Wedding photo ideas from our professional photographer
Choose the aperture first
“Kate got me thinking in a completely new way about the exposure settings I was using,” says Viv. “She said you should choose the aperture first as this gives you the all-important look for your portraits. To create a narrow depth of field, I went as wide as my ‘nifty fifty’ prime lens would go, selecting an aperture of f/1.8 in manual mode.
“Kate then told me to choose the ISO as this sets the image quality for the photograph – and she explained that I needed to get used to changing this setting much more frequently than I was used to. The shutter speed was the last thing to check in her exposure triangle.
“This, of course, needed to be fast enough to avoid camera shake, but if it wasn’t I simply had to go back to the ISO and increase it. I love the soft effect this approach to exposure gives to the posed portrait of our bridegroom, Adam, as he leans into the fireplace and turns his head to create a sculpted sidelit pose.”
Making the switch to manual
Kate advocates manual exposure for wedding photography because it is so much easier than keep having to add exposure compensation. Viv has a look at her first efforts in using M mode, to check that the shots look okay.
One approach to posing the men is to make them look strong by posing them like Greek statues, with their feet slightly apart. Here, Viv uses the alternative casual approach to posing, with Adam leaning into the fireplace, and his hands nonchalantly placed in his trouser pockets.
Keeping the groom relaxed
It can be difficult for the bridegroom to look relaxed in wedding pictures. Kate advises enlisting the help of the Best Man to keep him entertained as you shoot.
Look for small details
“As the bride was still having her make-up done, Kate and I concentrated on shooting details of the shoes, headpiece, flowers and the dress,” says Viv.
“Kate encouraged me to move everything to take best advantage of the window light, and to incorporate the furniture and furnishings of Pipewell Hall – the stunning stately home in Northamptonshire that we were using for the shoot. I love the simple elegance of this shot of the velvet shoes and the beautiful bridal bouquet.”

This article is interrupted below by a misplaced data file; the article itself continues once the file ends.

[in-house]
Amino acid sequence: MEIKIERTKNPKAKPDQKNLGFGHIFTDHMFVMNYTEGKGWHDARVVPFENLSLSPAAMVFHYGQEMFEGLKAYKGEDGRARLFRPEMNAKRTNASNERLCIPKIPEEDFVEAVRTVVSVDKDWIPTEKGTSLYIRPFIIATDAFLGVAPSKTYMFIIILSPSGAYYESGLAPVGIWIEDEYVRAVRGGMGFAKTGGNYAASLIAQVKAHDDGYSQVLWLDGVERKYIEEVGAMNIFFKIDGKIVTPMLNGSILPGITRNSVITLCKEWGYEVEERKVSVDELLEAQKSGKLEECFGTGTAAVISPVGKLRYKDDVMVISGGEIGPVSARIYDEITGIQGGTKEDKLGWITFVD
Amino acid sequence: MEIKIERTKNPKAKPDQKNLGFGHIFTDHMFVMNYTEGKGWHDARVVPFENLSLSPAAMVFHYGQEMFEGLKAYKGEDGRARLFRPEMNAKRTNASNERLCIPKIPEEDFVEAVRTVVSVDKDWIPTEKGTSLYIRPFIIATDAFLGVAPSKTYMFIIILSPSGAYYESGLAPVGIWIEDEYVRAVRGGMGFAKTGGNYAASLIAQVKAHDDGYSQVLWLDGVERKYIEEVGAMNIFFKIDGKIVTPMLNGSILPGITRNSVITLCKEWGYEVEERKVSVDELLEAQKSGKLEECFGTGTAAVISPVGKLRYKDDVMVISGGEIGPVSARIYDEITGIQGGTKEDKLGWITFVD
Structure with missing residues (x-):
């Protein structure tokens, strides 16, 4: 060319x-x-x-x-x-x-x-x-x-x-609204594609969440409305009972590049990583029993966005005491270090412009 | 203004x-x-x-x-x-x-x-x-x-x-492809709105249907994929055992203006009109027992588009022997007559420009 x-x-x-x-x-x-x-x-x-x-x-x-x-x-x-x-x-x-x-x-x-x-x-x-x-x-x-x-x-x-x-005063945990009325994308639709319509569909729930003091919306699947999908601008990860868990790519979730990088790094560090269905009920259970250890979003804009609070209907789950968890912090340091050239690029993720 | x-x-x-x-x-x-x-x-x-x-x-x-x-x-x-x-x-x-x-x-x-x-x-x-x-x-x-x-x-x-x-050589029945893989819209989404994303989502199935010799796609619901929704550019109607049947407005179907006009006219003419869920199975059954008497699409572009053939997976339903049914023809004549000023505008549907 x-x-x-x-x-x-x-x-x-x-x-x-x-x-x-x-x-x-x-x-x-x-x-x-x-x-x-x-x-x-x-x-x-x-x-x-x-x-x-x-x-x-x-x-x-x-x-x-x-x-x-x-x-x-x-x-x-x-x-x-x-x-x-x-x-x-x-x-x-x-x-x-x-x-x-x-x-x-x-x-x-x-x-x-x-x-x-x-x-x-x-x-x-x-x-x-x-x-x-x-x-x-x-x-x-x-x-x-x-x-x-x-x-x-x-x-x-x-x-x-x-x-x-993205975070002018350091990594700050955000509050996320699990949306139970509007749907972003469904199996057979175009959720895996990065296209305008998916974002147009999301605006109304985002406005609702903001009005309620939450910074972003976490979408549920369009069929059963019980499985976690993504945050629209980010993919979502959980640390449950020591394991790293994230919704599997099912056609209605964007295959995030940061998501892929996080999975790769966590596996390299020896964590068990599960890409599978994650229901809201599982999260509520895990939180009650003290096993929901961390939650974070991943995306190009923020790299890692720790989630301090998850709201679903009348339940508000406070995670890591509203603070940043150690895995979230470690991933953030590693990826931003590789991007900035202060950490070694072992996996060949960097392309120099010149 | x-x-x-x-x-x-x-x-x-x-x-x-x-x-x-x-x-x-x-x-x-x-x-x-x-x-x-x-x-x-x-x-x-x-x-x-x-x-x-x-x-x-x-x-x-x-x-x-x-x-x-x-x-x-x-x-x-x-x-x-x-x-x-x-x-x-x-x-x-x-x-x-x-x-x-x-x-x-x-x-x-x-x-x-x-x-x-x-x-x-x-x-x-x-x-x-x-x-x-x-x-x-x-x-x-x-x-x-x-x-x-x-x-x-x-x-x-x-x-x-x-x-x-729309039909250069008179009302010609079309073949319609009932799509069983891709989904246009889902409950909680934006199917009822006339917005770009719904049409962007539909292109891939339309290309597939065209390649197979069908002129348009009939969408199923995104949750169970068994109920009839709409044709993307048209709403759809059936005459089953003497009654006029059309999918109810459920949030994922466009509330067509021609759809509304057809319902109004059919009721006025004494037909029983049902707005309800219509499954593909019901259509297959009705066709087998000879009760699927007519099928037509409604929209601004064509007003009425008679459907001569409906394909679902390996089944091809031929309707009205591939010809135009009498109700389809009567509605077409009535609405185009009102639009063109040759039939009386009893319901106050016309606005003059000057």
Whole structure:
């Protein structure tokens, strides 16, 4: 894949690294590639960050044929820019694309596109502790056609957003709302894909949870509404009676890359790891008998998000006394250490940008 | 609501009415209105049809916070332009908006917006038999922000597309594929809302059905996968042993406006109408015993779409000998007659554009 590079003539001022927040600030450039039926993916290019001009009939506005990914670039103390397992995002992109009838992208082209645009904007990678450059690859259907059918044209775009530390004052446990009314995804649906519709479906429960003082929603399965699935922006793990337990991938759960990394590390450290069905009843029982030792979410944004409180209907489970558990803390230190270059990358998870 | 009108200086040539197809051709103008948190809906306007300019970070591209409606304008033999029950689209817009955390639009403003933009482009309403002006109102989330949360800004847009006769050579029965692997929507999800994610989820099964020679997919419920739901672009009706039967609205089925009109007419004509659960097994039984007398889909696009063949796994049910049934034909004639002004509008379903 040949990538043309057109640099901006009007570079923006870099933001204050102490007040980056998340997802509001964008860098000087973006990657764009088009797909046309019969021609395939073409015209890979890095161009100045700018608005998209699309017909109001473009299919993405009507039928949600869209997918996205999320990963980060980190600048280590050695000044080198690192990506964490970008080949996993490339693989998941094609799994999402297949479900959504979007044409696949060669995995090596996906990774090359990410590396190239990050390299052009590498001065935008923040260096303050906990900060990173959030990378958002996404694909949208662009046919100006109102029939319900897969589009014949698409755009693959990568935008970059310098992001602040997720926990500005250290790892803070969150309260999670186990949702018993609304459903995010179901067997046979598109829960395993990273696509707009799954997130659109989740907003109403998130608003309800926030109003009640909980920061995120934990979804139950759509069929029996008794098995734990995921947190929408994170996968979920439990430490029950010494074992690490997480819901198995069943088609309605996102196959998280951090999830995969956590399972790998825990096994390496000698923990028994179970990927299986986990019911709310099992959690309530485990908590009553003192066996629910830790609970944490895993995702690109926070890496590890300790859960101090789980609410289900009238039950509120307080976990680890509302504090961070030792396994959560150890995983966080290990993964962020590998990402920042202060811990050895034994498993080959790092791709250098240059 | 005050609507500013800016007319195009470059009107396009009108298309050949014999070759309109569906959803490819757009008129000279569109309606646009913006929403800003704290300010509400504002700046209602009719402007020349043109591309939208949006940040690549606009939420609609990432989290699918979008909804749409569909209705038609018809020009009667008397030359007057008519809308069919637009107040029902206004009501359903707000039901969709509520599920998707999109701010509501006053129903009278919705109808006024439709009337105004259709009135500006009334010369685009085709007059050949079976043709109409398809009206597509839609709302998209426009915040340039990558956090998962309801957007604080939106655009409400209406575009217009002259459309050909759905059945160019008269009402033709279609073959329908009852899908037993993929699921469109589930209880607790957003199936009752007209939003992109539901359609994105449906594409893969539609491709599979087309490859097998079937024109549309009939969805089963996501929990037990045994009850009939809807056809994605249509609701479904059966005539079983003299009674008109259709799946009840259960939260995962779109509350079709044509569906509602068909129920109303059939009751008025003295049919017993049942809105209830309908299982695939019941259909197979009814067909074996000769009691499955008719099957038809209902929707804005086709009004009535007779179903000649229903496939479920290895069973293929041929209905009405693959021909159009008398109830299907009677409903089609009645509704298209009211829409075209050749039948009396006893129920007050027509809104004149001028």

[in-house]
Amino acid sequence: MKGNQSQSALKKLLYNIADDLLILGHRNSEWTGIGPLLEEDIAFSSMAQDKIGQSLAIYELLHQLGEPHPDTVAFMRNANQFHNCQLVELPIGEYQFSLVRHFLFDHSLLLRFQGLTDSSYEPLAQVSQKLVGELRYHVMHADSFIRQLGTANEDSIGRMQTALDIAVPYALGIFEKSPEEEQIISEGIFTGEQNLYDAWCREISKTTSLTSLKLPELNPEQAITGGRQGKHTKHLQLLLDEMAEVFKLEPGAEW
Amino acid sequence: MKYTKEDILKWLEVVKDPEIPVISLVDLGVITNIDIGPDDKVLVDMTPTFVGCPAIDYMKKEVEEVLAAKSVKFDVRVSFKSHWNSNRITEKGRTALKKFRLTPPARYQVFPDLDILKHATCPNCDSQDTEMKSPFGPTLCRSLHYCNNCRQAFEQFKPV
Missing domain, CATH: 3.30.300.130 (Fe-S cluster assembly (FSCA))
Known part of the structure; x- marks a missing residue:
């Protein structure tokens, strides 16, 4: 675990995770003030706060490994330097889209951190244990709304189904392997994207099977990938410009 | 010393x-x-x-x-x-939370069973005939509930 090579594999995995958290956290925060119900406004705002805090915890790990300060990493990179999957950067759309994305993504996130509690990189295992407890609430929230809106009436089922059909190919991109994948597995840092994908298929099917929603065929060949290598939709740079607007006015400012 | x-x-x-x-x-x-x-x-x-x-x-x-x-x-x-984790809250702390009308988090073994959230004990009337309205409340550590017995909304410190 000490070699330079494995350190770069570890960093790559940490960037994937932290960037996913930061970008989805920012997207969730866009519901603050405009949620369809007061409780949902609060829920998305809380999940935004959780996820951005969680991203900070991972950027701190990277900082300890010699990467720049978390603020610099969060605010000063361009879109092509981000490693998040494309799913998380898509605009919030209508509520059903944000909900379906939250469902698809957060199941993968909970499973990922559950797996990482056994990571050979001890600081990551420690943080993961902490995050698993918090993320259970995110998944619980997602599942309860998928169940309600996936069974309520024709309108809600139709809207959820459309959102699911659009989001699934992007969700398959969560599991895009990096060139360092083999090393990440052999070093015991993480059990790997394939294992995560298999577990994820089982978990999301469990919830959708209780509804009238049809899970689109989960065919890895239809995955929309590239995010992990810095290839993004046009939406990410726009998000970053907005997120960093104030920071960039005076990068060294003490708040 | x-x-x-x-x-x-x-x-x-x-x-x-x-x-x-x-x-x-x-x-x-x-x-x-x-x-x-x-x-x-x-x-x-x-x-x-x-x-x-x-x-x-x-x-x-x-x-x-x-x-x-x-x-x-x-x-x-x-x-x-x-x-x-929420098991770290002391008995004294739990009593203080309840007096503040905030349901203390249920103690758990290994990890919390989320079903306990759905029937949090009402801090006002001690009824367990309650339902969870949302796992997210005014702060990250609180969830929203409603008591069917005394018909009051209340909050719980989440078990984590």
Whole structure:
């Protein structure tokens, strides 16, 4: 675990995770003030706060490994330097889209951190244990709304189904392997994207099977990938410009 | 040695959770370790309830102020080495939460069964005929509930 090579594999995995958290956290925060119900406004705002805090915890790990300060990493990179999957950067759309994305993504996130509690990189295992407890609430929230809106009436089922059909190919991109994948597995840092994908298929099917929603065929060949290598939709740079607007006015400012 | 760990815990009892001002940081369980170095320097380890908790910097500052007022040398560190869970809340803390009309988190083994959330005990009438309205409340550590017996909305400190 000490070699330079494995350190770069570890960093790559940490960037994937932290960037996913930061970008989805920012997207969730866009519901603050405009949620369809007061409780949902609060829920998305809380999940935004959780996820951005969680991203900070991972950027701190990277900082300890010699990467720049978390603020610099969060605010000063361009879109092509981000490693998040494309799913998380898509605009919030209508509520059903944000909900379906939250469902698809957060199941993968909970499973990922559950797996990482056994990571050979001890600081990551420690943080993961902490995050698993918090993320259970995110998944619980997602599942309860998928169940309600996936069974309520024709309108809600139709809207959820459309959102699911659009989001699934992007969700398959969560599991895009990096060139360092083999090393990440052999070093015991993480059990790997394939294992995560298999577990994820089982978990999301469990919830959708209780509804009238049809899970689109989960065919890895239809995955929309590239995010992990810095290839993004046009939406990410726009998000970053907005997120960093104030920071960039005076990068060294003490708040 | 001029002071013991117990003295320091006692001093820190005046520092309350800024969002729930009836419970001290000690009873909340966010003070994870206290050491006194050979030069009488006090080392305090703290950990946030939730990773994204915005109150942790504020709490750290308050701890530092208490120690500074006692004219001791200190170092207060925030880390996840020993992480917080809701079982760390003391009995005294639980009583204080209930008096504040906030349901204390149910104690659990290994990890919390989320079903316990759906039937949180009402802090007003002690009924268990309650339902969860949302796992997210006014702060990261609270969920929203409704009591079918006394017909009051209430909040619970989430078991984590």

Using window light
“With make-up done, we had time to shoot a bridal portrait,” says Viv. “Kate said that this was a great thing to have in the book, but that you should never promise them as brides often run out of time before the ceremony! We used the soft light from the window for the shot, with a reflector on the right side of Rachel providing some soft fill-in.”
Kate advised that when shooting with a wide aperture that you shouldn’t use the central focus point and the focus lock when focusing on the eyes, as this will lead to a soft shot. Instead, I switched to manually selecting the AF point that was closest to the bride’s face.
Check the direction of light
“I don’t own a fast 70-200mm f/2.8 like the one that Kate likes to use for shots of the couple, but I was able to borrow one for the series of shots that we took in the grounds of Pipewell Hall.
“We had discovered this boat on our walk around the lake at the start of the day and knew it would be great for a romantic shot of the Adam and Rachel. Kate says that you need to recce the location early on the day of the shoot, so that you can be sure that things are unlikely to have changed by the time you take your pictures.
“When you are back at your pre-chosen spots later in the day, Kate showed me how to hold up your hand so you could check the direction of the light, and where the shadows would fall – that was a particularly useful trick on the overcast and chilly spring afternoon that met us as we took photographs around the lake.
PAGE 1: Meet our professional photographer and apprentice
PAGE 2: Wedding photo ideas from our professional photographer
PAGE 3: FInal wedding photography tips from our professional photographer
PAGE 4: Our professional photographer’s recommended gear
PAGE 5: Shot of the Day
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